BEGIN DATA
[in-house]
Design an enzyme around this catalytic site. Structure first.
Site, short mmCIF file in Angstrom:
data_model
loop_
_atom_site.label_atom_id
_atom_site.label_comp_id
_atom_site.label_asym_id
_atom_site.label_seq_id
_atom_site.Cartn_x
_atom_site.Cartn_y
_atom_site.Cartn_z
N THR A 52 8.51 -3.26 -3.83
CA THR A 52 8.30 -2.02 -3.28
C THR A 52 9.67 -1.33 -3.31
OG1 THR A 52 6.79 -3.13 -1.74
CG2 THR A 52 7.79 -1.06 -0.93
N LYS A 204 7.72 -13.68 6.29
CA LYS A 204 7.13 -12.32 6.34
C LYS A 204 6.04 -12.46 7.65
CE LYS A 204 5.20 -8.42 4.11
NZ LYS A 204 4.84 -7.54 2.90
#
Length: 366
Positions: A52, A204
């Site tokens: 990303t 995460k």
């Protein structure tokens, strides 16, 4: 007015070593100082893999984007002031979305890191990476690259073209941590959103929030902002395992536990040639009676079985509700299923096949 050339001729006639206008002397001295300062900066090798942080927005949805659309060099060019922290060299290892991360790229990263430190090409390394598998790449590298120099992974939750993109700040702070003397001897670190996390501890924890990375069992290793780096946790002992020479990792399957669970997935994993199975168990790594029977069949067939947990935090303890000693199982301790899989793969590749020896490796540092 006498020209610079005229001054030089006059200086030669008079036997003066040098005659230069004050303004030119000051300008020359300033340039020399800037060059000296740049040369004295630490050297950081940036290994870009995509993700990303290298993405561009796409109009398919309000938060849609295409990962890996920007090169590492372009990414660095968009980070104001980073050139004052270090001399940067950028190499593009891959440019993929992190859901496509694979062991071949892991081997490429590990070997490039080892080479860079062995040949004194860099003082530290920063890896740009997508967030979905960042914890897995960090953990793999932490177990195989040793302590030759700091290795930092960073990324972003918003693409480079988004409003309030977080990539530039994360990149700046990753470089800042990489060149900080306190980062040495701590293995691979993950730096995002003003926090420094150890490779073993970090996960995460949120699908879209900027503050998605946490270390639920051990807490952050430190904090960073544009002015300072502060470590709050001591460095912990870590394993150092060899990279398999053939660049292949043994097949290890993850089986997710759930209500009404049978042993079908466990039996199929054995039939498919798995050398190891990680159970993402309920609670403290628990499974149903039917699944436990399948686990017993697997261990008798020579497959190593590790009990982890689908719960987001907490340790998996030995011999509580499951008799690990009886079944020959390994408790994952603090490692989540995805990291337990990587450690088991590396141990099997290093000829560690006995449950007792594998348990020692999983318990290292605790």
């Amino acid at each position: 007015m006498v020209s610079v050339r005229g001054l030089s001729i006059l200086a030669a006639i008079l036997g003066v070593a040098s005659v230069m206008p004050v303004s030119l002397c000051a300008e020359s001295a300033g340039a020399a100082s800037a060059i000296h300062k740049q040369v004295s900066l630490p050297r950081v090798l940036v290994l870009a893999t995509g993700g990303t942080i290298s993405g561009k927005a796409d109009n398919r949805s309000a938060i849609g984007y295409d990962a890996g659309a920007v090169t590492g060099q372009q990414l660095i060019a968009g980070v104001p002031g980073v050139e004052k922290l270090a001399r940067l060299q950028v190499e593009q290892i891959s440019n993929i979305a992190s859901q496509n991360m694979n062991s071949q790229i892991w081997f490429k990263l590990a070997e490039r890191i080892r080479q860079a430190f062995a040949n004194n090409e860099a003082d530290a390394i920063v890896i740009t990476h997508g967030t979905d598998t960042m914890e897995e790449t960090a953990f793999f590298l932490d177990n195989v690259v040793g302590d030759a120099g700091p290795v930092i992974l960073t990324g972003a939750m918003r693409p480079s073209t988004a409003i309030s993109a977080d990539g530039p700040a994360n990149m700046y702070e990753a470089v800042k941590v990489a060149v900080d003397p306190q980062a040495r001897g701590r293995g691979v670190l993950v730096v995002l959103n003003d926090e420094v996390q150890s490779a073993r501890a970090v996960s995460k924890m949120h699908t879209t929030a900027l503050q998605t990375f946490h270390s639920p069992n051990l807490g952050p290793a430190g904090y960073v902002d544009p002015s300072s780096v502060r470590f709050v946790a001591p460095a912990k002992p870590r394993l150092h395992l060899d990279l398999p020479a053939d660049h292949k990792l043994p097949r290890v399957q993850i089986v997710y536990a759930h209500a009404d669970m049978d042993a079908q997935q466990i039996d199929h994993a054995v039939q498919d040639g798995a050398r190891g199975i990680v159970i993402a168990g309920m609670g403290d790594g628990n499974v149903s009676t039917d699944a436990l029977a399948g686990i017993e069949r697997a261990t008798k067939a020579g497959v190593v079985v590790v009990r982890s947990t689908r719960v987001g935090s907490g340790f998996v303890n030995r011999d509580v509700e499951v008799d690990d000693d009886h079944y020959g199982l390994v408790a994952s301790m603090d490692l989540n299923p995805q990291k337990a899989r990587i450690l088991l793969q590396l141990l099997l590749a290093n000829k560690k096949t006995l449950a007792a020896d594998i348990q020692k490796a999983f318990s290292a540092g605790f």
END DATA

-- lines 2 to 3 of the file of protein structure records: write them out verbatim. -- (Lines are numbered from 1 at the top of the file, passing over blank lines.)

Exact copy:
Design an enzyme around this catalytic site. Structure first.
Site, short mmCIF file in Angstrom: